The Historical Association of Lewiston’s October program is titled, “Early Days of Buffalo, Nostrils of Hell.” Michael Vogel will present this event at 7 p.m. Thursday, Oct. 22, in the Red Brick Municipal Building gym, 145 N. Fourth St.
Buffalo’s waterfront has a rich and colorful history, and no place on the shoreline quite matches the legendary Canal District – the spot where the Erie Canal met the Great Lakes.
The transshipment port at the foot of Buffalo’s Main Street built the city into one of the largest and most prosperous in the nation by 1900, and it developed worldwide notoriety as one of the roughest waterfronts anywhere (and a red-light district most of Buffalo called “the infected district” or, as a Christian group termed it, “the very nostrils of hell”). Not only were companies such as Wells Fargo and American Express founded on those docks as the port generated immense wealth here, but lakes sailors and canawlers – who didn’t like each other very much – also found places and ways to spend their money on less lofty pursuits.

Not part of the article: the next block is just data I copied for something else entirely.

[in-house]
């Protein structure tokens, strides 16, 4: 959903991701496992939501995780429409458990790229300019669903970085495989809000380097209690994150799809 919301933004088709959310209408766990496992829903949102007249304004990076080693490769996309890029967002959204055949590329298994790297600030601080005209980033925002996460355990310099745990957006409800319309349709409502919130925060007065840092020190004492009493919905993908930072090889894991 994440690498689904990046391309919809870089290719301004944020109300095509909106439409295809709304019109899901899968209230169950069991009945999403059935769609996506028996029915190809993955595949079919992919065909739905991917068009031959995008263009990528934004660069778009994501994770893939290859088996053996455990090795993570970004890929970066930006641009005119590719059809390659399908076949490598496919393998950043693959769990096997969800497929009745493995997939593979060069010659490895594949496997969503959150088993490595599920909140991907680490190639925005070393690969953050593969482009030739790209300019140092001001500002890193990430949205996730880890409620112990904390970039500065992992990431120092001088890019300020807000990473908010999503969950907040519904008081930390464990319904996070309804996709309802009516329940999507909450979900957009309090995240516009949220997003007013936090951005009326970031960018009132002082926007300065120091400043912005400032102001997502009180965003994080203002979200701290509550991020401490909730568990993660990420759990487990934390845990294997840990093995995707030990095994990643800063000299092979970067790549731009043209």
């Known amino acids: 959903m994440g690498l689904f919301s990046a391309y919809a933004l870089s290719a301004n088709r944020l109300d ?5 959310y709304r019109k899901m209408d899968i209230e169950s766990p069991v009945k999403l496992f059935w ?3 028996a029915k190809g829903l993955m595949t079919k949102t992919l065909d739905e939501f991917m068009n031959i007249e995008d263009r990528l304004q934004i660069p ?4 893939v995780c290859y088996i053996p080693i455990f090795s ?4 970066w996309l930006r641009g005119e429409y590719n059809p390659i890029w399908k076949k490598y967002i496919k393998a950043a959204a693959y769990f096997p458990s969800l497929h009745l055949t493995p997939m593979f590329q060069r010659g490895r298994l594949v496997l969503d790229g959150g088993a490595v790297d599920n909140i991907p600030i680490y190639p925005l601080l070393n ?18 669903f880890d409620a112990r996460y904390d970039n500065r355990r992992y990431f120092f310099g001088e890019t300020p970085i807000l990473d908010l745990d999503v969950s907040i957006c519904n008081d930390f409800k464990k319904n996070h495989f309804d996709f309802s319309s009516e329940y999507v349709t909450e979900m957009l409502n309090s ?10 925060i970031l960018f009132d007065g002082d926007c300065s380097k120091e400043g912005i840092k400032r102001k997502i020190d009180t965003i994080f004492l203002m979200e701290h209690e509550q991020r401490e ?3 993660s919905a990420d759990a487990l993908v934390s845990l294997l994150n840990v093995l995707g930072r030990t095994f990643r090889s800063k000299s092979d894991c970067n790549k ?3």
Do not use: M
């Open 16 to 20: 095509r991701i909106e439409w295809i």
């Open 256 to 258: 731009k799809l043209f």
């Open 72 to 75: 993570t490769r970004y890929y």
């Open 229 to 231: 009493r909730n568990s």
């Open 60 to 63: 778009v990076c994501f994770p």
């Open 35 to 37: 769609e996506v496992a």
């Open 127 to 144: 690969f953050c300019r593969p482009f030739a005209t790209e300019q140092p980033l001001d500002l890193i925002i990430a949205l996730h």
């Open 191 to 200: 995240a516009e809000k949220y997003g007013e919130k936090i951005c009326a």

“America’s Crossroads,” listed by one Western New York review website as one of the 10 best books on local history, tells the story of the river of immigrants who flowed through this port to settle the heartlands, and the river of commerce they sent back through Buffalo to the East Coast and the world. But it also focuses on the people who lived and worked there, from the early brawling years of the district to its later time as Buffalo’s “Little Italy” tenement district.
Lecturer Vogel co-authored “America’s Crossroads” with Ed Patton and Paul Redding. A retired journalist and editorial page editor for The Buffalo News, he has written extensively on harbor history and is president of the United States Lighthouse Society and the Buffalo Lighthouse Association, which brought the first major Tall Ships Festival to Buffalo. Vogel also serves on the board of the Erie Canal Harbor Development Corp., which runs Canalside – part of what once was the Canal District.
This community event is free and open to all. Use the north door on Onondaga Street.
Due to the COVID-19 pandemic, all guests must wear an appropriate facial covering and practice social distancing during the presentation. Hand sanitizer will be available. There will be a 50-person seating limitation.